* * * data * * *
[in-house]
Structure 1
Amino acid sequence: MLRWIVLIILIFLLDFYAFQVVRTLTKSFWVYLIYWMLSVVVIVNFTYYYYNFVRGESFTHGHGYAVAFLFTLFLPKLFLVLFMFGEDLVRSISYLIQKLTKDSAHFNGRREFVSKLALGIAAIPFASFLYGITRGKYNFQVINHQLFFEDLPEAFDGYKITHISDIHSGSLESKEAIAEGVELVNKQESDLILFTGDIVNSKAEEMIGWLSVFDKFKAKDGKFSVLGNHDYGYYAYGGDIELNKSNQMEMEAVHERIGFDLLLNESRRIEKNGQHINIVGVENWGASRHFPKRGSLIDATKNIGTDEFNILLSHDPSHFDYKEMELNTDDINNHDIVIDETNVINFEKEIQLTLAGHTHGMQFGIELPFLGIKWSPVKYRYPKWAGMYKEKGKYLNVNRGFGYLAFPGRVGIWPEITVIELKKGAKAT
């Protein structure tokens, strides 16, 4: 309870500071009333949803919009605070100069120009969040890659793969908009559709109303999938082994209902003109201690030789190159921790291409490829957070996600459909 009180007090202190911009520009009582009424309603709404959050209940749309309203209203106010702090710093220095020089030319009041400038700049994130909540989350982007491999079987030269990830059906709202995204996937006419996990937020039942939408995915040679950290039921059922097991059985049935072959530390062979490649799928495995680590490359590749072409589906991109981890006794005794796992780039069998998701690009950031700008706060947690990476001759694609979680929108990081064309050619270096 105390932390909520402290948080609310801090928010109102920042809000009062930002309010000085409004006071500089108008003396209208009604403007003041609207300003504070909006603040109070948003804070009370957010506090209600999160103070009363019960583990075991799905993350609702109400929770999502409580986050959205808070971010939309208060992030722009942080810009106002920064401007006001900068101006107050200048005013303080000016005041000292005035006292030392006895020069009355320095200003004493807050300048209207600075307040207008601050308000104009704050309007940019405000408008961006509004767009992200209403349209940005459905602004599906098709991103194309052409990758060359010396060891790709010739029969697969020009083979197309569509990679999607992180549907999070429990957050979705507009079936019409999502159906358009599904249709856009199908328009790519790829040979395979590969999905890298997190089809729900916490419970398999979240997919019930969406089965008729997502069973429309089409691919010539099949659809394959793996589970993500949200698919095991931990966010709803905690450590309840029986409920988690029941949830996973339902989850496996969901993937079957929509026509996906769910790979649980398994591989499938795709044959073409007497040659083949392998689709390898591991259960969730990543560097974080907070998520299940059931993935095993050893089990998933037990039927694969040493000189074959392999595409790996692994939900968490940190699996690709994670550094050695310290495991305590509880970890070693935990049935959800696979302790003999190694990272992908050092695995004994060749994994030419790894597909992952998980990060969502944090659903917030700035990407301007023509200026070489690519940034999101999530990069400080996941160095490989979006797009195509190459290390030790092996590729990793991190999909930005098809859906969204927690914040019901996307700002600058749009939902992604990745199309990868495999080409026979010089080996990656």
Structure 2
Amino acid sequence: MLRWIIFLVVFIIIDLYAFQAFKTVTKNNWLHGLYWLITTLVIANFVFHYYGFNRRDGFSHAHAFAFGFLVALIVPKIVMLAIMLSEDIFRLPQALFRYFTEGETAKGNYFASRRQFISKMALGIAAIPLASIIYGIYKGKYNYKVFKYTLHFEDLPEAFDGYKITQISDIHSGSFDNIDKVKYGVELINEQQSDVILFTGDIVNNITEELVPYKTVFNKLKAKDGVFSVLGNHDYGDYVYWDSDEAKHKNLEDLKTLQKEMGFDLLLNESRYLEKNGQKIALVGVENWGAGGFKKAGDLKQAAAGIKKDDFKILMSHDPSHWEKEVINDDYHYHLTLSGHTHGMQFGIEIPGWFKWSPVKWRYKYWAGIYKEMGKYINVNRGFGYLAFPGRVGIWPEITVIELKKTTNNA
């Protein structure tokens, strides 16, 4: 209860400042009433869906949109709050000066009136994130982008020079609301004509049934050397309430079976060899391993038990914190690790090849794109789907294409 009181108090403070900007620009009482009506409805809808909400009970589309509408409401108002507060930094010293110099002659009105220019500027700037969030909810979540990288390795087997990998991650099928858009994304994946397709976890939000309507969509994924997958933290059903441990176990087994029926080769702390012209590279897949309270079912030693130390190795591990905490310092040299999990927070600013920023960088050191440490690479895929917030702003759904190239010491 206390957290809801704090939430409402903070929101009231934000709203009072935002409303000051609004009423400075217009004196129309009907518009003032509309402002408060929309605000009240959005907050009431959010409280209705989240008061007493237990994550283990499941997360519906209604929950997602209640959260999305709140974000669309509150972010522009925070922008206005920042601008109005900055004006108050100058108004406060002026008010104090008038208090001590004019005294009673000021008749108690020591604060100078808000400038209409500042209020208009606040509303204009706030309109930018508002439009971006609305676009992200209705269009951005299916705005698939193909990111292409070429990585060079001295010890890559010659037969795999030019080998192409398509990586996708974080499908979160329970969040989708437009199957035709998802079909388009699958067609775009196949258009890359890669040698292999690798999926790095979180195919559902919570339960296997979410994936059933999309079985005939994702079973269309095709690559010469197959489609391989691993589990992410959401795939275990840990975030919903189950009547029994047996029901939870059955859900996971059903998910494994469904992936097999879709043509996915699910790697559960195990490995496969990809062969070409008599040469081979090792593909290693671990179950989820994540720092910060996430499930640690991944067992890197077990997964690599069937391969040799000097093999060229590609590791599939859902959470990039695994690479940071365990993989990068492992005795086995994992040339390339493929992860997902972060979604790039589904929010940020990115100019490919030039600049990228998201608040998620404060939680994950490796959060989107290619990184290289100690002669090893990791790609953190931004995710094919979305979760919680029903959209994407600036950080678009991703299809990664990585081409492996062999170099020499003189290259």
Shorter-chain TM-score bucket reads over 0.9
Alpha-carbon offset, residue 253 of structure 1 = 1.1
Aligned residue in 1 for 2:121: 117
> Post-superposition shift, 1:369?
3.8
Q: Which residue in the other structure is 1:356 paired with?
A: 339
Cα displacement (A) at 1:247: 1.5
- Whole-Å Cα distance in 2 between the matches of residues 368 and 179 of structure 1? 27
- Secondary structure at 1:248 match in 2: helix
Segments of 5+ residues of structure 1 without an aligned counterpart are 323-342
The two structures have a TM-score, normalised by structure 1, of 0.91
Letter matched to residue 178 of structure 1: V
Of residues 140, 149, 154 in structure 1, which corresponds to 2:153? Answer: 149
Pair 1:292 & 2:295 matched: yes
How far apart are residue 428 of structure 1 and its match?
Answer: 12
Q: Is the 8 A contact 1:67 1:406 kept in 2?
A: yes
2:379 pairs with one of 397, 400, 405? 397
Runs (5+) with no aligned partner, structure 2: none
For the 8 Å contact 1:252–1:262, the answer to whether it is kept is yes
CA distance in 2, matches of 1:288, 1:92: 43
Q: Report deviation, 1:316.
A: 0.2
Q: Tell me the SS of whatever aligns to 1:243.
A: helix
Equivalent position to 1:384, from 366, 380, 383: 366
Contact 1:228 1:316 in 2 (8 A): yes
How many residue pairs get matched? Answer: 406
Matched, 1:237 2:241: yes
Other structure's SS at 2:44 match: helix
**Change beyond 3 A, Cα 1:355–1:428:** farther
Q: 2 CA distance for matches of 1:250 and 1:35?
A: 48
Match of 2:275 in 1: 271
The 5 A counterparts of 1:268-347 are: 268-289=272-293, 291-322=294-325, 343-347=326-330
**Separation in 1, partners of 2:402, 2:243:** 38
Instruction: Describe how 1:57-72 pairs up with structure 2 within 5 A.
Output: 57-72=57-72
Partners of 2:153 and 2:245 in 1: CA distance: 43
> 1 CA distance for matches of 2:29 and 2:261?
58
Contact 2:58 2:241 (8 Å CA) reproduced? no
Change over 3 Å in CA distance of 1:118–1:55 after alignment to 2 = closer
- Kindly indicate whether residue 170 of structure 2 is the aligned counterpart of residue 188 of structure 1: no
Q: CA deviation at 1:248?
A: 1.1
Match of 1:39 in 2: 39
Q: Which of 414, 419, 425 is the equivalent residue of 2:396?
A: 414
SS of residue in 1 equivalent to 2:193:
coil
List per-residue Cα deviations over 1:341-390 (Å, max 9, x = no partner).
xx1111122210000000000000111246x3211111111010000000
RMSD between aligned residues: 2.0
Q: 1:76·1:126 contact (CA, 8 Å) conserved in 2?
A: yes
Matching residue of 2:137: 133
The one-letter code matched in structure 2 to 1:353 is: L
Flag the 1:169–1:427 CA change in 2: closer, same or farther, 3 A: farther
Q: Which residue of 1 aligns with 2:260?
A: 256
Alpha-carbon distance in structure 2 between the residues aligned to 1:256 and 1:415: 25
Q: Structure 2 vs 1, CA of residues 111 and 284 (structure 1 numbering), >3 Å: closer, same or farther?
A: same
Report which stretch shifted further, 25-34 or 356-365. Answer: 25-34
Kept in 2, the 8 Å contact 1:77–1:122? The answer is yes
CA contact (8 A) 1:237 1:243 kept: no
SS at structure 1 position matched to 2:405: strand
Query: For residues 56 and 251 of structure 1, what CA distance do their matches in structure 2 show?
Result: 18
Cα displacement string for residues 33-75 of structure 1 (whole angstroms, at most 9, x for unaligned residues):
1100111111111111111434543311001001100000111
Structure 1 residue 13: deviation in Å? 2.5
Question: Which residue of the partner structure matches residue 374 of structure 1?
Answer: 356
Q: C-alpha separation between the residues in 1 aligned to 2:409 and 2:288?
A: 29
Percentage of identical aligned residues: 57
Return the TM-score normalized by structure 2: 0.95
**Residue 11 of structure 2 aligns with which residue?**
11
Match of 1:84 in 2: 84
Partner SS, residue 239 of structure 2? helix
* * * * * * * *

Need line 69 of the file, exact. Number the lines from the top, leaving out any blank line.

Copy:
Q: Which residue of 1 aligns with 2:260?